Sen. Bryan King (R–Green Forest) said Senate Bill 299 that would allow decisions about fluoridation of public water supplies to be determined locally will come up before the Arkansas Senate City County Local Committee at 10:30 a.m. Tuesday, March 14.
The bill filed by King is titled: “An Act To Amend the Law Concerning Water Districts; To Allow Voters to Elect ‘For’ and ‘Against’ Water Fluoridation.” The bill has to pass out of committee to be considered by the entire Senate. If it passes the Senate, it is expected to have a good chance in the House, which approved a bill allowing local control of fluoridation two years ago.
Residents of Eureka Springs resisted fluoridation for more than 30 years, with the city twice voting to ban it from the municipal water supply. Fluoridation at Carroll Boone Water District, which supplies Eureka Springs, Berryville and Harrison, began in July 2015 as a result of a mandate by the legislature that all public water systems with more than 5,000 customers fluoridate drinking water.
Jeannie Burlsworth, chair of Secure Arkansas, said fluoridation opponents lobbied on this issue in Little Rock Monday. Those included Andy Anderson, chair of the Ozarks Mountain Regional Water Authority, one of two districts in the state that have refused to fluoridate. Both are being sued by the state. Ozark Mountain Public Regional Water Authority serves parts of Boone, Newton, Searcy and Marion counties.
Anderson said their board voted unanimously against fluoridation and contends it doesn’t fall under the mandate because it’s a wholesale supplier of water that has just 18 customers, all with fewer than 5,000 users. Anderson said several customers have said if fluoride is added to the water, they won’t pay the bill or will go to well water. “Everyone here is opposed to it,” he said.
“Many communities around the state of Arkansas have voted fluoridation down more than once,” Burlsworth said. “This is a matter of local control. Water consumers have the right to decide whether they want fluoridation or not. There is a lot of recent research that calls into the question the wisdom of adding fluoridation chemicals to our drinking water.”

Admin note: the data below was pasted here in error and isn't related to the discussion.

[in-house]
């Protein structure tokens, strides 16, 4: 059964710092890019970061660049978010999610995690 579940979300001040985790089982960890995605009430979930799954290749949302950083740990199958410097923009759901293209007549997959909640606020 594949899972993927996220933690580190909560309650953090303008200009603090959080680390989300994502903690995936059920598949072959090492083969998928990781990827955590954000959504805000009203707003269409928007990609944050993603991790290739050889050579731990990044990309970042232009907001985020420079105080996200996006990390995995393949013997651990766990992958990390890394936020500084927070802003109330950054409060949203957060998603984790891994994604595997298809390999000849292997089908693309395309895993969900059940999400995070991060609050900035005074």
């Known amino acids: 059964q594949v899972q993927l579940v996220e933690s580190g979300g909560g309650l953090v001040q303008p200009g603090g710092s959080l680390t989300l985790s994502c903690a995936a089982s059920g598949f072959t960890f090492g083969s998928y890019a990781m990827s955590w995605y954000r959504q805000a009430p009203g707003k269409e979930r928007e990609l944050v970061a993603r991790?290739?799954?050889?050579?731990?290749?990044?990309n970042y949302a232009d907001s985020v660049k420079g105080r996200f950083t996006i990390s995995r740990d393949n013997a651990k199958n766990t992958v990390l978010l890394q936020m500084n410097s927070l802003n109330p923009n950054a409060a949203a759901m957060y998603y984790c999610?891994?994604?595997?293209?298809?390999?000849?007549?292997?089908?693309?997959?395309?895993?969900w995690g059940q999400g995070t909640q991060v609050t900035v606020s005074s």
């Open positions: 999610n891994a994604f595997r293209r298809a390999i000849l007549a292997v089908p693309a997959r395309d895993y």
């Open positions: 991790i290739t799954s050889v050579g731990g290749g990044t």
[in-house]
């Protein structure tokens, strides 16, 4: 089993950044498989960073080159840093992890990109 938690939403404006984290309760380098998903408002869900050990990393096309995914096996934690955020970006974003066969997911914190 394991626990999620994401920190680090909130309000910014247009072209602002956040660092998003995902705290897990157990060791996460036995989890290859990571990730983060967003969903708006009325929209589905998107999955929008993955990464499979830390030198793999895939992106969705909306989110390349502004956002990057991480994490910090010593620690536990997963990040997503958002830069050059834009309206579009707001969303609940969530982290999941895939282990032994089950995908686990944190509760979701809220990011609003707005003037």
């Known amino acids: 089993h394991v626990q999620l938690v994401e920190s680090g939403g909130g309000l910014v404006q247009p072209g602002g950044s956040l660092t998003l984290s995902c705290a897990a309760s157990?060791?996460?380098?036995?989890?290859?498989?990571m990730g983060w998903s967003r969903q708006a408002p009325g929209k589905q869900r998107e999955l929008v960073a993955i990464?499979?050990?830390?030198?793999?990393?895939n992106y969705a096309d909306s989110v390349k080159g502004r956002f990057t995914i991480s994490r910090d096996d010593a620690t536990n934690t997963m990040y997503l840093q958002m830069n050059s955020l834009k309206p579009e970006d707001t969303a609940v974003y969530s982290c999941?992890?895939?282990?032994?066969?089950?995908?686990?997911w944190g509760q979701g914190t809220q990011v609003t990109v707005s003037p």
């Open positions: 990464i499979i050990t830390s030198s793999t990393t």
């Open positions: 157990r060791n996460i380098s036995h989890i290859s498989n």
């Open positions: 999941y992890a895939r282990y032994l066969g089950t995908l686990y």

Missouri allows local control of fluoridation. Burlsworth said a number of communities in Missouri have opted out because of problems with fluoridation chemicals corroding water pipes.
“If these chemicals corrode water pipes, do we really want to drink them?” she asked.
Natalie Mannering, a member of Carroll-Boone Citizens for Safe Drinking Water, said fluoridation in Arkansas is a particularly inflammatory topic because the natural springs that flow so generously in this state have been famous for generations due to their purity and healing properties.
“In the past, the tourist industry, which is very important in the Natural State, was in large part due to the reputation of our water, and in some measure still is,” Mannering said. “Adding toxins to our water is not only injurious to the tourist industry, but is also, of course, very injurious to Arkansans who have to drink and bathe in the water every day. Especially the elderly and young children.”
Mannering said there is a large population of Hispanics in Arkansas, and statistics show they are even more vulnerable to fluoridation toxicity than other segments of the population.
“Arkansans, like all Americans, are suffering from soaring rates of cancer and thyroid disease to name just two, both being linked to exposure to toxins typically found in fluoridated water – mercury, arsenic and aluminum,” Mannering said. “The fact that Arkansas is not a wealthy state makes the economic burden of health care and loss of productivity even greater.”
Mannering said anyone interested in carpooling to the meeting in Little Rock Tuesday could call (479) 253-1275.
Supporters of fluoridation insist it is a safe, inexpensive way to help protect children from cavities, which is particularly important for low-income children without access to dental care. Opponents point to studies indicating fluoride causes brain damage leading to lower IQs in children, dental fluorosis, and is linked to thyroid and other health problems.
Sen. Alan Clark, who is chair of the committee, has said he is in favor of local control.